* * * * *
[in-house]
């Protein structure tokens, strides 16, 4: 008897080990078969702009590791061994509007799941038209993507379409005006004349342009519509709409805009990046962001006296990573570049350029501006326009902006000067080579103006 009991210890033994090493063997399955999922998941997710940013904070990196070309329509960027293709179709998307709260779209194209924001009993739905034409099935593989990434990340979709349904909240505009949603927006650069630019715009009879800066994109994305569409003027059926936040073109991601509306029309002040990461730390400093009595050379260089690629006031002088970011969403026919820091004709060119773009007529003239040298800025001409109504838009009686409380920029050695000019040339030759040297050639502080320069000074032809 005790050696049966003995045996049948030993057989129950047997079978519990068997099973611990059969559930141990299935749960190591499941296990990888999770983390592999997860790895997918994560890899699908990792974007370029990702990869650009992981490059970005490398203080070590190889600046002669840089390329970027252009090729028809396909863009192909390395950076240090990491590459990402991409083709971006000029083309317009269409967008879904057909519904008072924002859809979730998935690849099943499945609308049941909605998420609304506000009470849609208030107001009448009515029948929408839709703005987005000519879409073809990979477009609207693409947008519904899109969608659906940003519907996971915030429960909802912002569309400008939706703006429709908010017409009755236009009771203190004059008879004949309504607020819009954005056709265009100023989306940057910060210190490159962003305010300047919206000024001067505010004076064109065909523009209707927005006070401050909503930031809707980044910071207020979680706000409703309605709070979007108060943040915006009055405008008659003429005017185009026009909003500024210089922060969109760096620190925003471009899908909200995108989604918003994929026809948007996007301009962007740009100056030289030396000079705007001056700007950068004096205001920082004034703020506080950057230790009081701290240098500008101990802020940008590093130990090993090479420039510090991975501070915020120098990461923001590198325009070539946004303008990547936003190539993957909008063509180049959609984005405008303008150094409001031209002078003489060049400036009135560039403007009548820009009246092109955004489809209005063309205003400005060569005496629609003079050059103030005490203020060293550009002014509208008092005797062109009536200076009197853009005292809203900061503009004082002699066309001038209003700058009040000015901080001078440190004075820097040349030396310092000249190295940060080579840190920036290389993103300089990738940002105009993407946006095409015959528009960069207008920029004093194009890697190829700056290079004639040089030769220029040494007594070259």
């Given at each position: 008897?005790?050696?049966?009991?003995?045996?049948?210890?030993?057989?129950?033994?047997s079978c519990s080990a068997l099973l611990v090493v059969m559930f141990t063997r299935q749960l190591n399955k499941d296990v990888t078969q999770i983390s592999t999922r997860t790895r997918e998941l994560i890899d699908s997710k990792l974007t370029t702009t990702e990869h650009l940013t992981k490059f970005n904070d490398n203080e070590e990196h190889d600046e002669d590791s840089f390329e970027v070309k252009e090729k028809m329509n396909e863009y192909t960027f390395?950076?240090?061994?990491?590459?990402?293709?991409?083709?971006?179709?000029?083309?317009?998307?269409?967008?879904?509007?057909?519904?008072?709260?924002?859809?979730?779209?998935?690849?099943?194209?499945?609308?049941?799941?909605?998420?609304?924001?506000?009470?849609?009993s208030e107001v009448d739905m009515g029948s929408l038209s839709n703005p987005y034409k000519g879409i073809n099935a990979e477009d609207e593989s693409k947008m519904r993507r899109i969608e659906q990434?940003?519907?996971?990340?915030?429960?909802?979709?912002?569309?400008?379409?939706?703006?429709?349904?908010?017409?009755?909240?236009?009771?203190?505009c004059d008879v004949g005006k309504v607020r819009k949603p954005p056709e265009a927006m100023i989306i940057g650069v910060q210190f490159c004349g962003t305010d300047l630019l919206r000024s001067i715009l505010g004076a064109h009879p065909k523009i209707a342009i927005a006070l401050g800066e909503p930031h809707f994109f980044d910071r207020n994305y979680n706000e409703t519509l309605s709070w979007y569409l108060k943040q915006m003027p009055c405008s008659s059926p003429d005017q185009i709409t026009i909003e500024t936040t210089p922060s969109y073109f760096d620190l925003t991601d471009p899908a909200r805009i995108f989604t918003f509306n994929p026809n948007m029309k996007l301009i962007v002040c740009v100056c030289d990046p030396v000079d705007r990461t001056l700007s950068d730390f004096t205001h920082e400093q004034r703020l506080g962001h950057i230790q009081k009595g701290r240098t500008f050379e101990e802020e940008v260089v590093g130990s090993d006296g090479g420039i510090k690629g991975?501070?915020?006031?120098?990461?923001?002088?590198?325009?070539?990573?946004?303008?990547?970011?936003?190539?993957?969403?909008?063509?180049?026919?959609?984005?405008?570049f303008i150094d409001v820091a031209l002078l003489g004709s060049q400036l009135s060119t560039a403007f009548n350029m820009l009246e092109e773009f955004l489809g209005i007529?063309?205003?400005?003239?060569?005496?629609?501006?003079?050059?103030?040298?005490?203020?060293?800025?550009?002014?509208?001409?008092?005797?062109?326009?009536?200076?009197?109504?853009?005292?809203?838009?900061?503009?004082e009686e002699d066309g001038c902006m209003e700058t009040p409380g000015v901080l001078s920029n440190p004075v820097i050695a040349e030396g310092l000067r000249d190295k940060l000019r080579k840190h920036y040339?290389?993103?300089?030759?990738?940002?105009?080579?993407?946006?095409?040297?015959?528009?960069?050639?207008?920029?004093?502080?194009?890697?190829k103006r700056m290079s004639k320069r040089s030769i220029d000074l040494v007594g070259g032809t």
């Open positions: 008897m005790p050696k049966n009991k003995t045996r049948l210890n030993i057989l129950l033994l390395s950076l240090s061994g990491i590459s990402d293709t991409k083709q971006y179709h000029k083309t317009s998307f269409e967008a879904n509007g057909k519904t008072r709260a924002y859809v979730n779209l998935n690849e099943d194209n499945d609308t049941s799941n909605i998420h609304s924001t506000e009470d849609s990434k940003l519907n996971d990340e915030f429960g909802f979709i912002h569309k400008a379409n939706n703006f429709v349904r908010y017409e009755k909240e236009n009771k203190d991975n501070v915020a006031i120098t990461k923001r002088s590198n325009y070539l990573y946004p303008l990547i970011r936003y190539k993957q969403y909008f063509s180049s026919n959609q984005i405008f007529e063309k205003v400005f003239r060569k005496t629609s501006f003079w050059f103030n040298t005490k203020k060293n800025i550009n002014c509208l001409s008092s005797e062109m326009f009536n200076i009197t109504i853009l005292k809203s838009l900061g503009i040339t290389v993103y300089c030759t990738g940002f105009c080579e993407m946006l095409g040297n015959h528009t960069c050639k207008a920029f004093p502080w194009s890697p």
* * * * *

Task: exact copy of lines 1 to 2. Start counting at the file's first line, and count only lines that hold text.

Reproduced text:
[in-house]
């Protein structure tokens, strides 16, 4: 008897080990078969702009590791061994509007799941038209993507379409005006004349342009519509709409805009990046962001006296990573570049350029501006326009902006000067080579103006 009991210890033994090493063997399955999922998941997710940013904070990196070309329509960027293709179709998307709260779209194209924001009993739905034409099935593989990434990340979709349904909240505009949603927006650069630019715009009879800066994109994305569409003027059926936040073109991601509306029309002040990461730390400093009595050379260089690629006031002088970011969403026919820091004709060119773009007529003239040298800025001409109504838009009686409380920029050695000019040339030759040297050639502080320069000074032809 005790050696049966003995045996049948030993057989129950047997079978519990068997099973611990059969559930141990299935749960190591499941296990990888999770983390592999997860790895997918994560890899699908990792974007370029990702990869650009992981490059970005490398203080070590190889600046002669840089390329970027252009090729028809396909863009192909390395950076240090990491590459990402991409083709971006000029083309317009269409967008879904057909519904008072924002859809979730998935690849099943499945609308049941909605998420609304506000009470849609208030107001009448009515029948929408839709703005987005000519879409073809990979477009609207693409947008519904899109969608659906940003519907996971915030429960909802912002569309400008939706703006429709908010017409009755236009009771203190004059008879004949309504607020819009954005056709265009100023989306940057910060210190490159962003305010300047919206000024001067505010004076064109065909523009209707927005006070401050909503930031809707980044910071207020979680706000409703309605709070979007108060943040915006009055405008008659003429005017185009026009909003500024210089922060969109760096620190925003471009899908909200995108989604918003994929026809948007996007301009962007740009100056030289030396000079705007001056700007950068004096205001920082004034703020506080950057230790009081701290240098500008101990802020940008590093130990090993090479420039510090991975501070915020120098990461923001590198325009070539946004303008990547936003190539993957909008063509180049959609984005405008303008150094409001031209002078003489060049400036009135560039403007009548820009009246092109955004489809209005063309205003400005060569005496629609003079050059103030005490203020060293550009002014509208008092005797062109009536200076009197853009005292809203900061503009004082002699066309001038209003700058009040000015901080001078440190004075820097040349030396310092000249190295940060080579840190920036290389993103300089990738940002105009993407946006095409015959528009960069207008920029004093194009890697190829700056290079004639040089030769220029040494007594070259």